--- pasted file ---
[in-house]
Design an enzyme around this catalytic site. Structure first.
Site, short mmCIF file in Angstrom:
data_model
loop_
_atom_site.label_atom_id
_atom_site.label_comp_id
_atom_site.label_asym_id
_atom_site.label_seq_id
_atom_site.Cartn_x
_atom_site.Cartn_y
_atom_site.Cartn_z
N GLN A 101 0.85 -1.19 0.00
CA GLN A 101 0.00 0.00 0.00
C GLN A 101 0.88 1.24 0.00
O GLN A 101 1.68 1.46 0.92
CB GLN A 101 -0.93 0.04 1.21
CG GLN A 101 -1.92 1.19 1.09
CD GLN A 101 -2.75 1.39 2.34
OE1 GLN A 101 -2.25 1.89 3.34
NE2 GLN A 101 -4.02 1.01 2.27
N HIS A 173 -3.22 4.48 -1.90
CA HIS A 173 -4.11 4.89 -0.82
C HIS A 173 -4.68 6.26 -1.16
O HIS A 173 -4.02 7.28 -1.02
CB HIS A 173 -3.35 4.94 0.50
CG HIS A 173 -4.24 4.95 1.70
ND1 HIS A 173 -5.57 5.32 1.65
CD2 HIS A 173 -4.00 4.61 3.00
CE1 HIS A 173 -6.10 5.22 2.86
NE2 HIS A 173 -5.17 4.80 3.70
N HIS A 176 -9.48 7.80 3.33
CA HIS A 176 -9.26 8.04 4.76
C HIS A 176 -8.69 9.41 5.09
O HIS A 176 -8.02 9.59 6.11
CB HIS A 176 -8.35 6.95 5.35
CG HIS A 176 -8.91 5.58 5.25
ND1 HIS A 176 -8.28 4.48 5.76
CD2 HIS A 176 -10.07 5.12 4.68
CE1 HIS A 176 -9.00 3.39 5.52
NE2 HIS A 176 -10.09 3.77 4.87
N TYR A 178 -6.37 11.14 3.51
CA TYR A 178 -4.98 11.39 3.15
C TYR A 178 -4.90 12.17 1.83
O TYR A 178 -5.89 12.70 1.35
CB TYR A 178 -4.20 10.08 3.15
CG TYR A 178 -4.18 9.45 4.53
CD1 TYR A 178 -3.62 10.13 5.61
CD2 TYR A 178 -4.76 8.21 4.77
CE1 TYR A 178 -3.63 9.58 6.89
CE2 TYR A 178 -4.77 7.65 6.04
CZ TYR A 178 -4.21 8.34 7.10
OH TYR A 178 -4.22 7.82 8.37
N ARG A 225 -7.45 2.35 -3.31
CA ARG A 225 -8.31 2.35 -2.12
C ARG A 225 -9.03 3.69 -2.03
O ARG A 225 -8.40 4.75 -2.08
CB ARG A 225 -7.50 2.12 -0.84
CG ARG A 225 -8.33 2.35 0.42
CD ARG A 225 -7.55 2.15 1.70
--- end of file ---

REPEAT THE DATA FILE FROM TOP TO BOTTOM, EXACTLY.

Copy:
[in-house]
Design an enzyme around this catalytic site. Structure first.
Site, short mmCIF file in Angstrom:
data_model
loop_
_atom_site.label_atom_id
_atom_site.label_comp_id
_atom_site.label_asym_id
_atom_site.label_seq_id
_atom_site.Cartn_x
_atom_site.Cartn_y
_atom_site.Cartn_z
N GLN A 101 0.85 -1.19 0.00
CA GLN A 101 0.00 0.00 0.00
C GLN A 101 0.88 1.24 0.00
O GLN A 101 1.68 1.46 0.92
CB GLN A 101 -0.93 0.04 1.21
CG GLN A 101 -1.92 1.19 1.09
CD GLN A 101 -2.75 1.39 2.34
OE1 GLN A 101 -2.25 1.89 3.34
NE2 GLN A 101 -4.02 1.01 2.27
N HIS A 173 -3.22 4.48 -1.90
CA HIS A 173 -4.11 4.89 -0.82
C HIS A 173 -4.68 6.26 -1.16
O HIS A 173 -4.02 7.28 -1.02
CB HIS A 173 -3.35 4.94 0.50
CG HIS A 173 -4.24 4.95 1.70
ND1 HIS A 173 -5.57 5.32 1.65
CD2 HIS A 173 -4.00 4.61 3.00
CE1 HIS A 173 -6.10 5.22 2.86
NE2 HIS A 173 -5.17 4.80 3.70
N HIS A 176 -9.48 7.80 3.33
CA HIS A 176 -9.26 8.04 4.76
C HIS A 176 -8.69 9.41 5.09
O HIS A 176 -8.02 9.59 6.11
CB HIS A 176 -8.35 6.95 5.35
CG HIS A 176 -8.91 5.58 5.25
ND1 HIS A 176 -8.28 4.48 5.76
CD2 HIS A 176 -10.07 5.12 4.68
CE1 HIS A 176 -9.00 3.39 5.52
NE2 HIS A 176 -10.09 3.77 4.87
N TYR A 178 -6.37 11.14 3.51
CA TYR A 178 -4.98 11.39 3.15
C TYR A 178 -4.90 12.17 1.83
O TYR A 178 -5.89 12.70 1.35
CB TYR A 178 -4.20 10.08 3.15
CG TYR A 178 -4.18 9.45 4.53
CD1 TYR A 178 -3.62 10.13 5.61
CD2 TYR A 178 -4.76 8.21 4.77
CE1 TYR A 178 -3.63 9.58 6.89
CE2 TYR A 178 -4.77 7.65 6.04
CZ TYR A 178 -4.21 8.34 7.10
OH TYR A 178 -4.22 7.82 8.37
N ARG A 225 -7.45 2.35 -3.31
CA ARG A 225 -8.31 2.35 -2.12
C ARG A 225 -9.03 3.69 -2.03
O ARG A 225 -8.40 4.75 -2.08
CB ARG A 225 -7.50 2.12 -0.84
CG ARG A 225 -8.33 2.35 0.42
CD ARG A 225 -7.55 2.15 1.70